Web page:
Engineers create smartphone detector for cancer-causing virus

Engineers at Cornell University recently devised a new smartphone-based system for in-the-field detection of the herpes virus that causes Kaposi's sarcoma, a type of cancer linked to AIDS.

David Erickson, a mechanical engineer, and Matthew Mancuso, a biomedical engineer, developed the system, which includes a plug-in optical accessory and disposal microfluidic chips.

"The accessory provides an ultraportable way to determine whether or not viral DNA is present in a sample," Erickson said.

The system combines gold nanoparticles with short DNA snippets that bind to Kaposi's DNA sequences. A solution with the combined particles is then added to a microfluidic chip. When Kaposi's DNA is present, a color change can be measured with an optical sensor attached to a smartphone. The system can be used to diagnose Kaposi's with little training.

"Expert knowledge is required for almost every other means of detecting Kaposi's sarcoma," Mancuso said. "This system doesn't require that level of expertise."

While Kaposi's sarcoma incidence decreased in the U.S. with the increased availability of antiretroviral drugs, the disease is still prevalent in sub-Saharan Africa.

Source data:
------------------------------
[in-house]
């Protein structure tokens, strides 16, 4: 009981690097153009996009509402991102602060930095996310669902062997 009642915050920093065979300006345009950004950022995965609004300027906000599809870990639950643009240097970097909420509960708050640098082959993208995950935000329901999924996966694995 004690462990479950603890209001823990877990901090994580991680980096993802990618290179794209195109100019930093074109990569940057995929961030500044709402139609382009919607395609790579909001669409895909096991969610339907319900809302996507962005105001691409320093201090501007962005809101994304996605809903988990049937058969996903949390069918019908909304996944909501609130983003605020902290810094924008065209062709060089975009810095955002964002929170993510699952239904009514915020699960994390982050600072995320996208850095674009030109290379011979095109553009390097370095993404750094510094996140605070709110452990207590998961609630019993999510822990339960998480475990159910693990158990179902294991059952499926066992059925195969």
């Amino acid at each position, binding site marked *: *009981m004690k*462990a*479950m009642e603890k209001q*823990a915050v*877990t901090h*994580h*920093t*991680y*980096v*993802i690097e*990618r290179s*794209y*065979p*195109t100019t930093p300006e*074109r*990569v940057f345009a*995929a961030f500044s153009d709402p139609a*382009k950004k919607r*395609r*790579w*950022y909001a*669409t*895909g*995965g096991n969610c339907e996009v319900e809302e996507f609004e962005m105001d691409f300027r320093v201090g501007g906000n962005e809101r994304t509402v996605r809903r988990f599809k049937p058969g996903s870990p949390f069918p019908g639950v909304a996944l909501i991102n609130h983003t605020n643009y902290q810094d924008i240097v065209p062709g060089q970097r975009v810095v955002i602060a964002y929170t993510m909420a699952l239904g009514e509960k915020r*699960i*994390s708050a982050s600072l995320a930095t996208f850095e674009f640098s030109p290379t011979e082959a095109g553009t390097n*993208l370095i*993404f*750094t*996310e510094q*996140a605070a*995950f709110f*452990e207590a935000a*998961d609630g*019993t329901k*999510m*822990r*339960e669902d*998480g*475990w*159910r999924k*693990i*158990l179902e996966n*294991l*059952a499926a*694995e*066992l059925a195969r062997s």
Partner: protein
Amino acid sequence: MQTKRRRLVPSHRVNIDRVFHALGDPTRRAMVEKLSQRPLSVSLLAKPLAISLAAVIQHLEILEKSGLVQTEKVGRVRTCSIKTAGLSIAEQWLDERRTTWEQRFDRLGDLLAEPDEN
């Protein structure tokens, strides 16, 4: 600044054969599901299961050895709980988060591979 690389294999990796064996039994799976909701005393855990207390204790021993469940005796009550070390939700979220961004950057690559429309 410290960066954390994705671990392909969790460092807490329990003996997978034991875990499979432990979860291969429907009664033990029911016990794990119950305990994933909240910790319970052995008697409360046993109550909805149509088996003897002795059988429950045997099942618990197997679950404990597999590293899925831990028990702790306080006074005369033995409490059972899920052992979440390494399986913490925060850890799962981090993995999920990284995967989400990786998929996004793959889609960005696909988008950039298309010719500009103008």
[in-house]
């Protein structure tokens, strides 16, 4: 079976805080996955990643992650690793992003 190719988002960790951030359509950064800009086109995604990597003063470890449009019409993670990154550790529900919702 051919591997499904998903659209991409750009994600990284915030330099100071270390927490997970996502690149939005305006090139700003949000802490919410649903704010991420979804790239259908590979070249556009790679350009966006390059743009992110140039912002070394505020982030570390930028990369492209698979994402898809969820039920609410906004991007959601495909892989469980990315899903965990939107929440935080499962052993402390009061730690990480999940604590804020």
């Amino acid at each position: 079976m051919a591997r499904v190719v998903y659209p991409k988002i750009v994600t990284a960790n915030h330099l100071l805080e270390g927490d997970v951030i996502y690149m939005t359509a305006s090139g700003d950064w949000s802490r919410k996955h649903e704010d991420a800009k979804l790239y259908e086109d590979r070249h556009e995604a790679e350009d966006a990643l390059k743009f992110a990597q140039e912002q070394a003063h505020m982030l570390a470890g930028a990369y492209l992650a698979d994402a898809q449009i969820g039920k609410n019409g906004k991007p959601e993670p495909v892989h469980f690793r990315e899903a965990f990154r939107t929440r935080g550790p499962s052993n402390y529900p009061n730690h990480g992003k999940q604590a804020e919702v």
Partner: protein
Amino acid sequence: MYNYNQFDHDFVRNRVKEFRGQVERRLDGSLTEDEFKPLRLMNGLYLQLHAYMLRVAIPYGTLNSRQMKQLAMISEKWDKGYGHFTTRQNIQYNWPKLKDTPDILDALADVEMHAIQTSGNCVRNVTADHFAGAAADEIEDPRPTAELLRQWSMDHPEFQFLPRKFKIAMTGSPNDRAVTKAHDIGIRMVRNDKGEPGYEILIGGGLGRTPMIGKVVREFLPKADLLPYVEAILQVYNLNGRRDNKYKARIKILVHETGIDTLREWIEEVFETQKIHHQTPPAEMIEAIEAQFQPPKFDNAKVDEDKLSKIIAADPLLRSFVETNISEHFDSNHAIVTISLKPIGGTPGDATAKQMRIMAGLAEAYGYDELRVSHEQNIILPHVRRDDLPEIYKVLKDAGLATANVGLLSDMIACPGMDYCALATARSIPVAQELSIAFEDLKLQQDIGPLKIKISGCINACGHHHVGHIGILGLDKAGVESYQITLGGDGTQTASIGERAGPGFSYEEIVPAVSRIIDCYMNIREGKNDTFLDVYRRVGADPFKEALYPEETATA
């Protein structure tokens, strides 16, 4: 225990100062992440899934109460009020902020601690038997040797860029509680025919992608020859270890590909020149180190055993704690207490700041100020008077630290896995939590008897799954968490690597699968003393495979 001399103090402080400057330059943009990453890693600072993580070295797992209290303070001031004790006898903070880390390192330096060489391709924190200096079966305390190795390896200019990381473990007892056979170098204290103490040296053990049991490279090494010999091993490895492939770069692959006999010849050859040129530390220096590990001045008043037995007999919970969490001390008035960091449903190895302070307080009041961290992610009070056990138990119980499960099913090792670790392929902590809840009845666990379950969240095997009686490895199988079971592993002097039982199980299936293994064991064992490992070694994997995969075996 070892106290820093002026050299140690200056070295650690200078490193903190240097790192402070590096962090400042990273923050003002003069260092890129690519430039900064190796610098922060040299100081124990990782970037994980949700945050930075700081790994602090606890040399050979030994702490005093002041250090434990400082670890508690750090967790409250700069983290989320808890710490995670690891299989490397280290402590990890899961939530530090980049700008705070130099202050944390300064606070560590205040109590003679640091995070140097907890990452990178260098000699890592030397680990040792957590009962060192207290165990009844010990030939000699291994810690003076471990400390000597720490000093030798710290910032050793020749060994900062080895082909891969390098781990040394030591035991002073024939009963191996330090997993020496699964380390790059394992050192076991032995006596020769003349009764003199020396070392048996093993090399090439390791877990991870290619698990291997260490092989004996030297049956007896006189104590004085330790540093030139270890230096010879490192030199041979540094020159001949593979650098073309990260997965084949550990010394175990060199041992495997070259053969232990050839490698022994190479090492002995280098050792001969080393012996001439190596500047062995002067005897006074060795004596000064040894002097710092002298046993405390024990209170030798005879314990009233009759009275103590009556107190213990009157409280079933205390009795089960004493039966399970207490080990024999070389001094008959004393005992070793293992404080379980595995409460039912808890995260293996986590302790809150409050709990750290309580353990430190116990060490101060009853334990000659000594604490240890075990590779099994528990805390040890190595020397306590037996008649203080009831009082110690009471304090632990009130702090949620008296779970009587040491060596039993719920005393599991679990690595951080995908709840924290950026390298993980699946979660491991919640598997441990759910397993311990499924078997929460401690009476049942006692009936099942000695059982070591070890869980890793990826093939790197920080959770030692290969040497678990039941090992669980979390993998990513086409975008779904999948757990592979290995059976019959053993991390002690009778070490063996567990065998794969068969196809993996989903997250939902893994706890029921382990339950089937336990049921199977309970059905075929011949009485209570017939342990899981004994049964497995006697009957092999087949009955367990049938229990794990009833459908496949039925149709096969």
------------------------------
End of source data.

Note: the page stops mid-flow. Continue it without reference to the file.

Erickson and Mancuso said the technique could be used for other diseases as well, including methicillin-resistant Staphylococcus aureus, HIV, hepatitis, E. coli and food allergens.

"Nanoparticle assays similar to the one used in our work can target DNA from many different diseases," Mancuso said.

The laboratory also developed smartphone accessories for use with color-changing strips in urine and pH assays.

"These accessories could form the basis of a simple, at-home, personal biofluid health monitor," Mancuso said.

Mancuso will describe the work during the Conference on Lasers and Electro Optics on Monday during the San Jose, Calif.-based Conference on Lasers and Electro Optics.